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Wisconsin allocated more federal pandemic relief to the economy than any other state

A study by the Center on Budget and Policy found that nearly 56 percent of Wisconsin's ARPA funds were spent to promote the economy, which equates to about $1.1 billion. The next closest state allocated 38 percent for economic development.

Gov. Evers talking.
Wisconsin Gov. Tony Evers talks to Superior Mayor Jim Paine while having lunch at Superior Waffles on Tuesday, July 19, as state Sen. Janet Bewley and Superior City Councilor Tylor Elm listen. Superior Waffles received a Main Street Bounceback grant from the state.
Steve Kuchera / 2022 File / Duluth News Tribune
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Wisconsin allocated a bigger chunk of federal money from the American Rescue Plan Act to economic development than any other state, according to a study by the Center on Budget and Policy .

The study found that nearly 56 percent of Wisconsin's ARPA funds were spent to promote the economy, which equates to about $1.1 billion. The next closest state allocated 38 percent for economic development.

The Center on Budget and Policy examined how states spent ARPA dollars through Aug. 31, 2022. According to the report, common uses for ARPA dollars by states nationally included replacing lost revenue, and spending on human services and unemployment insurance.

Of the $1.1 billion Wisconsin allocated toward the economy, $363.3 million was spent on general economic development, $130 million for workforce development and $641.7 million for assistance to businesses, the study said.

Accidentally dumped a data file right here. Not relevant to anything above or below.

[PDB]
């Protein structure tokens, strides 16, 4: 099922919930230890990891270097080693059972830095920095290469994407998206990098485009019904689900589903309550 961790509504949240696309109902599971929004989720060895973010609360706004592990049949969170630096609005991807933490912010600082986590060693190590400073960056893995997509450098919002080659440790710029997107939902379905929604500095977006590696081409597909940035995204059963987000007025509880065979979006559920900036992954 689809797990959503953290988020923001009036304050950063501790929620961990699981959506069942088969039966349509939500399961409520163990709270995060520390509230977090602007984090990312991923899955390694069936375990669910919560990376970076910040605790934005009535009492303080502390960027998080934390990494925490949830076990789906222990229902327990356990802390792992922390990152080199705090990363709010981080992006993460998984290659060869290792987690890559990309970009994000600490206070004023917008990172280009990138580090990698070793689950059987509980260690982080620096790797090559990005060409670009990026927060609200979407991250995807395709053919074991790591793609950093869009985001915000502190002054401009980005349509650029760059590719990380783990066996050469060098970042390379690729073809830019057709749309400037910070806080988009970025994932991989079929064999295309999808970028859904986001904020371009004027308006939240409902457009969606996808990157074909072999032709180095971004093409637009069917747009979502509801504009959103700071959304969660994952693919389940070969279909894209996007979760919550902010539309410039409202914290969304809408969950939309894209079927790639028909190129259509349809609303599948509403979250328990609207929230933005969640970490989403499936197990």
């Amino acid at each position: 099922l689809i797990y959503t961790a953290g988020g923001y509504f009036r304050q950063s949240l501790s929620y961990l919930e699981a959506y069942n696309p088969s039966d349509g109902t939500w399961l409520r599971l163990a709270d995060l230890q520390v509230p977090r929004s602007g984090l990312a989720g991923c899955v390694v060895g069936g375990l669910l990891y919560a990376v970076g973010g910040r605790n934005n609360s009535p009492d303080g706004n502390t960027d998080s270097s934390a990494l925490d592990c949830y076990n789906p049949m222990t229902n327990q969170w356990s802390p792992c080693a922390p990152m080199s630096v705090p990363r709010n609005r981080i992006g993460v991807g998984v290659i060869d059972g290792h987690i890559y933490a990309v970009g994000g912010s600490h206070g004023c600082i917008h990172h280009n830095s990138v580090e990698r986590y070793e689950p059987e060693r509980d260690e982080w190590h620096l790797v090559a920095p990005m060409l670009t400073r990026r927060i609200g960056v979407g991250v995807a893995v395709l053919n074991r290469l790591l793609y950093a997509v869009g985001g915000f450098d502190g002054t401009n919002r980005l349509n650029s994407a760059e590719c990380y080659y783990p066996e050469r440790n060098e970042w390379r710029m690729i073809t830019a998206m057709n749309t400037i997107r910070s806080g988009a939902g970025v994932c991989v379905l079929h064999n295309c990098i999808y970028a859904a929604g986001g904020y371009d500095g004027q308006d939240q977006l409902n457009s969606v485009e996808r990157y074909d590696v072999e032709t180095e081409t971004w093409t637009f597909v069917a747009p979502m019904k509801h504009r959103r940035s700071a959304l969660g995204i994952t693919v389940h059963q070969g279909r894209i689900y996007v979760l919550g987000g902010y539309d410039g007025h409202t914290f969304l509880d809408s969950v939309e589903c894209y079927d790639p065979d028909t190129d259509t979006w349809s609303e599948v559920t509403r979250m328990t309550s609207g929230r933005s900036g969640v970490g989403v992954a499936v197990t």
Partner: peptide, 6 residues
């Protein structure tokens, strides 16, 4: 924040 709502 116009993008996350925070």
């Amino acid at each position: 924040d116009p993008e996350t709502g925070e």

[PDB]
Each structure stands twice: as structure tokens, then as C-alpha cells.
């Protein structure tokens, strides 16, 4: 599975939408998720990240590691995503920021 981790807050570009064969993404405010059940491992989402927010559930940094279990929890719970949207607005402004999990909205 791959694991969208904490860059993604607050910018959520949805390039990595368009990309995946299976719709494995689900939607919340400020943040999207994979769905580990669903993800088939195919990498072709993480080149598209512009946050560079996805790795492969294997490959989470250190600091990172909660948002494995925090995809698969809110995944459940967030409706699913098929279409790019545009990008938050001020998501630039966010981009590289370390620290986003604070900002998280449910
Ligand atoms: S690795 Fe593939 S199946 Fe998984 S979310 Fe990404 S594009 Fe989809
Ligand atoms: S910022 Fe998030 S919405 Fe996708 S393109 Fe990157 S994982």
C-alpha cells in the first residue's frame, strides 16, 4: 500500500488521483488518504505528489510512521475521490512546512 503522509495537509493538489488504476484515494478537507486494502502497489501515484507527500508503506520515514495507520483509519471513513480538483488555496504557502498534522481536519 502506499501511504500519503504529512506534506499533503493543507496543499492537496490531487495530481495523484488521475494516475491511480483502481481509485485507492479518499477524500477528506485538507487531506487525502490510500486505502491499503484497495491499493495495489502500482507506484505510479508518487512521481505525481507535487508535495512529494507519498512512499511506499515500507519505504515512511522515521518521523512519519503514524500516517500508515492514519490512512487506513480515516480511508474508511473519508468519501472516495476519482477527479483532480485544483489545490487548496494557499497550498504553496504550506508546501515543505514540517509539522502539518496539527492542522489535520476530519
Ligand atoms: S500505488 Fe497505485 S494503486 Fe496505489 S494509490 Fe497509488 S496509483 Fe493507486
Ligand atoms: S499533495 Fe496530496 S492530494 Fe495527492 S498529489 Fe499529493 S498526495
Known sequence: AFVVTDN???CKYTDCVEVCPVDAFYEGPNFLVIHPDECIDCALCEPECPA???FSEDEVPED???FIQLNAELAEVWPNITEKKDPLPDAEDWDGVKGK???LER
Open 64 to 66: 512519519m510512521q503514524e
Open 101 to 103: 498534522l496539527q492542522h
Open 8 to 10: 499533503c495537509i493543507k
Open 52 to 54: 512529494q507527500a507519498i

Wisconsin also spent $100 million on broadband expansion, $112.9 million on health, $56 million on human services, $45 million on public safety and $550 million on state operations, according to the study.

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Wisconsin Economic Development Corp. CEO Missy Hughes said the spending was deliberate by Gov. Tony Evers throughout the pandemic.

In the early days of the COVID-19 emergency, Hughes said Evers focused on using federal funds for helping small businesses survive. But as the pandemic continued, she said the governor began thinking about the long-term economic vitality of the state.

"As the governor deployed the federal dollars," Hughes said, "he recognized that there was immediate need, and then there was, 'What can we do to lay the groundwork for the future?'"

Two of the main programs the administration invested in were the Main Street Bounceback and Workforce Innovation grants.

The Main Street program focuses on revitalizing downtowns, while Workforce Innovation grants look for local solutions to the labor shortage.

Both programs were aimed at helping local leaders to find solutions to the problems facing their communities, Hughes said.

"It's our job at the state-level to empower these local organizations," she said. "The empowerment comes by trusting them, by having them demonstrate that they're collaborating among themselves and then giving them resources and letting them run with it."

According to Hughes, every county in Wisconsin received grants from the state that went toward economic development.

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In a statement last month , Evers said the investments made have helped the state recover from the pandemic by transforming communities "in every corner" of Wisconsin.

"I’ve been especially grateful to each of the small business owners who've welcomed me to their businesses to see firsthand the positive impact these investments are having on them and the greater community," the governor said, "and I look forward to continuing our work to support local businesses and Main Streets across our state."

Main Street Bounceback

The Main Street Bounceback program gave businesses or nonprofits $10,000 to move into a vacant property in Wisconsin’s downtowns. The funds could be used to pay leases, mortgages, operational expenses and other business-related costs.

So far, Hughes said more than 6,600 businesses have received Main Street Bounceback grants. She added that the program’s goal was twofold.